As costs have lowered, companies continue to emerge that are using real-time information from satellites that can provide useful — and financially valuable — data around sustainability and climate change or can help bring connectivity to the more than 50 percent of the world that does not have the infrastructure for such, Boggett said.
“We are creating a digital platform in the sky,” he added.
Seeing the money
Of course, while the possibility of making money in an emerging market like space attracts investors’ attention — actually seeing money being made is what makes them flock to an industry.
To that point, SPACs — or special-purpose acquisition companies — have proven very interested in helping birth space tech companies into the public market.
Just this month, Google-backed Planet Labs announced it will go public in a $2.8 billion SPAC deal. In April, Seraphim Capital-backed satellite-to-cell company AST & Science — now known as AST SpaceMobile — went public through a SPAC. Also in April, Canadian space operations and satellite company MDA had an initial public offering on the Toronto Stock Exchange.
In March, another Seraphim Capital-backed company — small satellite builder and data company Spire Global — announced a SPAC deal which will value it at $1.6 billion. That same month, Rocket Lab announced it would merge with a SPAC to go public later in the year in a deal that values the company at more than $4 billion.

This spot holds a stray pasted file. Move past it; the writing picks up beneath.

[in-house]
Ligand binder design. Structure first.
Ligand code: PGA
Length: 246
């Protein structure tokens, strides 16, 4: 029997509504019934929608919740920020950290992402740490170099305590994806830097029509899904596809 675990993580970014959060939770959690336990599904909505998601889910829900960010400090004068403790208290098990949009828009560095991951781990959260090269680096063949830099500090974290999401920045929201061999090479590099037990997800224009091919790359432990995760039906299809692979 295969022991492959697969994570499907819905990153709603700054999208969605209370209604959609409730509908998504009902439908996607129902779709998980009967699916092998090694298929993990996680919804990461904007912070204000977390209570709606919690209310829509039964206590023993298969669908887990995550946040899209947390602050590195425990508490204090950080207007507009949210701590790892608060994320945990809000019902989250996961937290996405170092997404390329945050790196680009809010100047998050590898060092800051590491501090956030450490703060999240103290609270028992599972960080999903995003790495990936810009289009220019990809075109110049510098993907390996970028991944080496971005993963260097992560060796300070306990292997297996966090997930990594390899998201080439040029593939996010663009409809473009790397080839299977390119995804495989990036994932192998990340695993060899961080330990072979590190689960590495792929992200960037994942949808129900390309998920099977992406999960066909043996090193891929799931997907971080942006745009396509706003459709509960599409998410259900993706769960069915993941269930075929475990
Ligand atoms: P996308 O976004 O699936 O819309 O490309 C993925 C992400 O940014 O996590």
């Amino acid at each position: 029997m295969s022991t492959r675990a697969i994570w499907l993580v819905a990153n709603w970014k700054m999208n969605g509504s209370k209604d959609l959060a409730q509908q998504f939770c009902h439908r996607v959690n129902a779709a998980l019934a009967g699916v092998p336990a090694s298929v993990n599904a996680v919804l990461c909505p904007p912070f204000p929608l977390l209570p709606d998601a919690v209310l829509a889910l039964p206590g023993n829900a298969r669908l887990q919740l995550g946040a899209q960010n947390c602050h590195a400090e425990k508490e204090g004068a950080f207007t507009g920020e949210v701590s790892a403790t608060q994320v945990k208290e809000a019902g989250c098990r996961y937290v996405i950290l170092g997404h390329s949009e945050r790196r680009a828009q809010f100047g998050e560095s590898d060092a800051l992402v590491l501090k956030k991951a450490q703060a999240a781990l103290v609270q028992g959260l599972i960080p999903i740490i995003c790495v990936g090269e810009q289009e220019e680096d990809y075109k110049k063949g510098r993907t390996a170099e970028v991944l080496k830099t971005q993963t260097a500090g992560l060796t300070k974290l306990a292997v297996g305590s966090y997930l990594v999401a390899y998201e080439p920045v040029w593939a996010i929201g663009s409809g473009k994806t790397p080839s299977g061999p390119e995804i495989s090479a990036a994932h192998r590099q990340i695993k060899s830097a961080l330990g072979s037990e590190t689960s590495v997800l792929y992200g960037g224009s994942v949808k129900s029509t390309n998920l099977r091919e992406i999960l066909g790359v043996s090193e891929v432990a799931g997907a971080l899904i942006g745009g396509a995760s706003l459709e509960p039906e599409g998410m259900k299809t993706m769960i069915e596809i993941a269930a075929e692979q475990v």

Of course, not all has gone well for space tech companies seeking an entrance to the public market. This month, the Securities and Exchange Commission charged Santa Clara, California-based in-space transit company Momentus and its SPAC with making false claims and allowed investors to drop out.
Peter Kant, CEO of Boston-based propulsion developer Accion Systems, said the interest from SPACs in space technologies is very real. Accion just raised a $42 million Series C this week and Kant said the company was approached by SPACs while fundraising.
“It seems like raising $300 million is easier than raising $30 million because of the aggressiveness of the SPAC market,” he said with a laugh.
In the end, the company raised its money a little earlier than scheduled because of the interest it was seeing from SPACs, but decided going public via a SPAC was not right for Accion at this time.
“There is just such a range of opportunities coming to the market for investors,” said Boggett referring to exit strategies now available to companies in the industry.
With the returns the sector is seeing from going public, he added, the industry now has a complete ecosystem for investing — from seed rounds to large growth raises to the public markets.
“We now have the full funding ladder,” he said.
Space technologies are being defined by the industries of space travel, satellite communication and aerospace as according to Crunchbase data. Funding numbers include pre-seed, seed and all venture rounds.
Illustration: Dom Guzman